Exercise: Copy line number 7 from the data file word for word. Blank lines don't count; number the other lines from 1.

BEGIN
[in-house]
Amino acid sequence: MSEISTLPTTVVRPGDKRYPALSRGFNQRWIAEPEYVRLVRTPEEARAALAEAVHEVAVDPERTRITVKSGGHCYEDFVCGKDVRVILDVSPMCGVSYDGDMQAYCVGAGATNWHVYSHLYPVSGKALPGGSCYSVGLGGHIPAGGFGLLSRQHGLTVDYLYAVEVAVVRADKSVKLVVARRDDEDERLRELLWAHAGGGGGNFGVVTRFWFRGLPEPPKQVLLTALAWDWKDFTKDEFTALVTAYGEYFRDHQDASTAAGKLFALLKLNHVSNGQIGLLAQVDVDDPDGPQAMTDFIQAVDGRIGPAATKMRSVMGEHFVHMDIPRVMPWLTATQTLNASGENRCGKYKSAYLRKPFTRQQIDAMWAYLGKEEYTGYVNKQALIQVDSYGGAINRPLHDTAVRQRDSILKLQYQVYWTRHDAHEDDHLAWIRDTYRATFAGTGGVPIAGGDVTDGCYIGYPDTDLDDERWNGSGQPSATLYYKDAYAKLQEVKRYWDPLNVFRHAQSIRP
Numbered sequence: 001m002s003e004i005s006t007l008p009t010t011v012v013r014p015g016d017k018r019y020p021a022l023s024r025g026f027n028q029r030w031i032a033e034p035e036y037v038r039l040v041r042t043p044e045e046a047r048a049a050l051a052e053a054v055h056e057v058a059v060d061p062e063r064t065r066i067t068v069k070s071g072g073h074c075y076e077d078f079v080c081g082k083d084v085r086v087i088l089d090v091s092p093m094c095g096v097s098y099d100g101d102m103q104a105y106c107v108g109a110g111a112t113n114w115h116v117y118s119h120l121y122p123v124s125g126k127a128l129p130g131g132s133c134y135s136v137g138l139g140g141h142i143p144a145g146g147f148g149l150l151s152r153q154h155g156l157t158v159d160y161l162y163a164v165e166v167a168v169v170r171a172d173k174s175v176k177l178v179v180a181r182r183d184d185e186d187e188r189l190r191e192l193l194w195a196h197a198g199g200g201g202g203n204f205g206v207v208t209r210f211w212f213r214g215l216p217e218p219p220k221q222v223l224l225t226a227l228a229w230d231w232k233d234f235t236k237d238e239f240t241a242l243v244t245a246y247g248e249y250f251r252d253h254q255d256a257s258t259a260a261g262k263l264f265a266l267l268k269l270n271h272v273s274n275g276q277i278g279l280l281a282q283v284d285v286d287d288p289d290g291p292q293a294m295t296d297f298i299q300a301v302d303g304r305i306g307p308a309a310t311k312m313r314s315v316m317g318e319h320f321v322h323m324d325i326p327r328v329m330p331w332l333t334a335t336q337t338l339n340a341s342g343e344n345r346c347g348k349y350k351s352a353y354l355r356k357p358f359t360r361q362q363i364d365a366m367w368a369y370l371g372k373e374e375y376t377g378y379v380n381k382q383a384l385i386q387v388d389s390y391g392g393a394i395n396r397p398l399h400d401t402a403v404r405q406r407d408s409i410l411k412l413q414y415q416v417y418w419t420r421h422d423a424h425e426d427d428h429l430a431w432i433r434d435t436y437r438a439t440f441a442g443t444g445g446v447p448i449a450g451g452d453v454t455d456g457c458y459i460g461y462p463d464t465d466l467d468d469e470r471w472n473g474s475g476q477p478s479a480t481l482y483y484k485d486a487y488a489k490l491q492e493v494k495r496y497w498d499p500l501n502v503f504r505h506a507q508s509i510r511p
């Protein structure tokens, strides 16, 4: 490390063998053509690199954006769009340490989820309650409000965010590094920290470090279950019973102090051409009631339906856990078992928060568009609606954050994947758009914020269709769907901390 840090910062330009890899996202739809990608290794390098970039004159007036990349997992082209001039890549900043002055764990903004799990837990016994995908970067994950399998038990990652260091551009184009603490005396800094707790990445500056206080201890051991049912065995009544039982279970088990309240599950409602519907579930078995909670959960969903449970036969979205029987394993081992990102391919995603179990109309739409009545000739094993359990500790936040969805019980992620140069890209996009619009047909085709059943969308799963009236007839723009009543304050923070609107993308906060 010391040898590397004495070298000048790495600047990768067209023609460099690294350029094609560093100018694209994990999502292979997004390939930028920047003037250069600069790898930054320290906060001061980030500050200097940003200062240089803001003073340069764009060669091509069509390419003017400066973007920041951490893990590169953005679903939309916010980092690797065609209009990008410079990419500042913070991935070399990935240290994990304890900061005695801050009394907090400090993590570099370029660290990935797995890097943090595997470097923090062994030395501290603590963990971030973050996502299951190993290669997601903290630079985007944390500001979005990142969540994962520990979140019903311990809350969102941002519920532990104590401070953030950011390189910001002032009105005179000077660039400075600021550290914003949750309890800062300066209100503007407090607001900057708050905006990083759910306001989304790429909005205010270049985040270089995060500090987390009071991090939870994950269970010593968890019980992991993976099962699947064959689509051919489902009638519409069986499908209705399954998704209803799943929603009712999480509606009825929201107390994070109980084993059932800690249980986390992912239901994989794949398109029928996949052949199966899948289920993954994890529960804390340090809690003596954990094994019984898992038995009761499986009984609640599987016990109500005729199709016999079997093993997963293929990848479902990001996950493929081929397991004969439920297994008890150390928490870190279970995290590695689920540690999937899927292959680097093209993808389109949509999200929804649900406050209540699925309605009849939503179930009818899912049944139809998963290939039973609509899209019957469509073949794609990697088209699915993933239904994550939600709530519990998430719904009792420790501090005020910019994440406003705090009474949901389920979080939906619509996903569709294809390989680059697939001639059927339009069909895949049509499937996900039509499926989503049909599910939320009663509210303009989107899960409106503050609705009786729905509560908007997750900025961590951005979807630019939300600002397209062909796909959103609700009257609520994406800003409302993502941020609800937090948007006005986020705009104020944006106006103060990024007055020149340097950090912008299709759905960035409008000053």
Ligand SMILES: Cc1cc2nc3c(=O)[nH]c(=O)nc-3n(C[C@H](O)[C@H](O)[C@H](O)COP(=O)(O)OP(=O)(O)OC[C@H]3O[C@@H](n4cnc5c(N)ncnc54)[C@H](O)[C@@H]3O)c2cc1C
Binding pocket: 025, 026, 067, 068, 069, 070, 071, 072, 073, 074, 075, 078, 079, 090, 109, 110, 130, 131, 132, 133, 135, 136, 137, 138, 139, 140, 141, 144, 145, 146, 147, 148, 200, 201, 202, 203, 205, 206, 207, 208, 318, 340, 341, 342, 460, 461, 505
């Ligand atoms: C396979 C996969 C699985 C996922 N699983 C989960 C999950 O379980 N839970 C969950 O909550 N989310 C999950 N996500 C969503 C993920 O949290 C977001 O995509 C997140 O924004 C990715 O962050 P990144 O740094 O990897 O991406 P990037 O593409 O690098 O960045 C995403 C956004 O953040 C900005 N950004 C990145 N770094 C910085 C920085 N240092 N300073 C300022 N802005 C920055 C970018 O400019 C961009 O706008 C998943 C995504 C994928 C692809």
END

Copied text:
């Ligand atoms: C396979 C996969 C699985 C996922 N699983 C989960 C999950 O379980 N839970 C969950 O909550 N989310 C999950 N996500 C969503 C993920 O949290 C977001 O995509 C997140 O924004 C990715 O962050 P990144 O740094 O990897 O991406 P990037 O593409 O690098 O960045 C995403 C956004 O953040 C900005 N950004 C990145 N770094 C910085 C920085 N240092 N300073 C300022 N802005 C920055 C970018 O400019 C961009 O706008 C998943 C995504 C994928 C692809």